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Comment: Re:Some anti-CO2 efforts CAUSE starvation (Score 1) 695

I bet there are many ways to cut down on CO2 production that have an overall negative impact on society - some obvious, others not so obvious. Converting food crops to gas crops seems like one of the obvious ones, right up there with "Save energy by cooking your pork at half the recommended temperature".

Comment: Re:Redistribution (Score 1) 739

by rhazz (#48282665) Attached to: Statisticians Study Who Was Helped Most By Obamacare

People who live in these more civilized countries read this shit about the US and simply scratch their heads. The numbers alone are mind-boggling to people whose entire annual medical expenditure is usually under $100, and frequently 0.

I really do scratch my head. I honestly cannot fathom what it must be like to live in a society where if I break my leg or get seriously ill I might have to choose between treatment and paying the rent.

Comment: Re:Tops out at 10 billion (Score 1) 495

by rhazz (#48270913) Attached to: Imagining the Future History of Climate Change
It only tops out at 10 billion if undeveloped countries continue to develop and other population trends continue. I saw this TED talk a while back, and what I didn't like about it is the sense of "Everything will magically work out, just relax and don't worry about it" it exhumed. The decline of population growth is relatively new, and has mostly come about by chance rather than any concentrated effort by humans. 40 years from now we could be back to uncontrolled growth again (maybe genetic designer babies will cause a worldwide boom). I think as nonrenewable resources become more scarce, the current population will start to seem more and more unmanageable.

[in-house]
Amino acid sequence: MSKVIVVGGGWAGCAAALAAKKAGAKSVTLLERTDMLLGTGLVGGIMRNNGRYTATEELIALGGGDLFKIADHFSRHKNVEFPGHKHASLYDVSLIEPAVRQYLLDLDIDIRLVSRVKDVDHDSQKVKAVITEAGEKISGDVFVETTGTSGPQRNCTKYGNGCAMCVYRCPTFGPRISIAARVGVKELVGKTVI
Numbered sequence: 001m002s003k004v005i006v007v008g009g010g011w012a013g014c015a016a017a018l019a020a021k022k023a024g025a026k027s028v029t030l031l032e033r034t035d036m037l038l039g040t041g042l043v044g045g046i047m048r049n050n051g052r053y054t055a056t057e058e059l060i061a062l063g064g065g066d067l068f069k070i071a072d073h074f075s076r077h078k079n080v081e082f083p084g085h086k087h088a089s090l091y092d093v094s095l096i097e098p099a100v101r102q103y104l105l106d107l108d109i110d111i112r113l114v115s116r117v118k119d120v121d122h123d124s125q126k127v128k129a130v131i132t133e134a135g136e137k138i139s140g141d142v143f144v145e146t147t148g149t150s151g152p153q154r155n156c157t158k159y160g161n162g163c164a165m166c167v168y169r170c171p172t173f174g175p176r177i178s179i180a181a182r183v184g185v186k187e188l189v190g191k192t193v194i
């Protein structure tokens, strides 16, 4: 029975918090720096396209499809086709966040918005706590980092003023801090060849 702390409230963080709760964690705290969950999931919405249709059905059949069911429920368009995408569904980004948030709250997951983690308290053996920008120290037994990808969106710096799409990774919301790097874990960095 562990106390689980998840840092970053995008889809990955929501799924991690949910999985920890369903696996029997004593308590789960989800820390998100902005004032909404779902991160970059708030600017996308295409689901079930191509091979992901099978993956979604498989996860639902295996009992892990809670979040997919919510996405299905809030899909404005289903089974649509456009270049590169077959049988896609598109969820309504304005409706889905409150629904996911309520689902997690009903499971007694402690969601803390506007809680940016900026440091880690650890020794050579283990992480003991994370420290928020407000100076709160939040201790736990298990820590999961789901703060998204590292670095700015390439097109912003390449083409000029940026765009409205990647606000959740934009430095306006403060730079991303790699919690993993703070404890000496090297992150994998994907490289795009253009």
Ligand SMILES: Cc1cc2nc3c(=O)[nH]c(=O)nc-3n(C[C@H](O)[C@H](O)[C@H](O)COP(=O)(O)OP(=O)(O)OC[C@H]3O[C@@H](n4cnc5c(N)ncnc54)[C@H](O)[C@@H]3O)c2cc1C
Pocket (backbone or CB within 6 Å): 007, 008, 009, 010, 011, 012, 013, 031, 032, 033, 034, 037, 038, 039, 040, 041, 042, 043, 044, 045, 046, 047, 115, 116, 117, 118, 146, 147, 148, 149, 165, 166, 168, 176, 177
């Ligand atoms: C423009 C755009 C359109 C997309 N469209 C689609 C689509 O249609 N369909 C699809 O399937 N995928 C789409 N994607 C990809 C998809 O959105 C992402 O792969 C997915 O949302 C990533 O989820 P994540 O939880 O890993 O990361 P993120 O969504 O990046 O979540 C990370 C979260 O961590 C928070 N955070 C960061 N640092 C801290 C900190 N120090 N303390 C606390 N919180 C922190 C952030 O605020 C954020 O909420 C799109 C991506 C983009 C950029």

Comment: Re:History is written by the victors (Score 1) 495

by rhazz (#48270751) Attached to: Imagining the Future History of Climate Change

Populations in most developed countries are still growing, they just experience slower growth than underdeveloped countries.

But the rate of growth has been declining for many years, and much of today's growth is due to immigration. Canada's population growth rate is currently 1.2%. Two thirds of that is from immigration. So our local growth is 0.4% and falling. If current trends continue we will have negative local growth in a few decades. Immigration will keep us steady only as long as undeveloped countries stay undeveloped. :)
http://www4.hrsdc.gc.ca/.3ndic...
http://en.wikipedia.org/wiki/P...

Comment: Re:Academia should not legitimize false science (Score 1) 1007

by rhazz (#48252239) Attached to: Creationism Conference at Michigan State University Stirs Unease

If students and faculty are really worried about the image of the school, they should just put on a competing event. That is, if they really care that much about it.

And legitimize the conference?

It only legitimizes it if the competing conference is about something scientific. If the other conference is about something equally silly, it would serve to add to the aura of ridiculousness of the whole thing. Ideally it ends up looking something like this.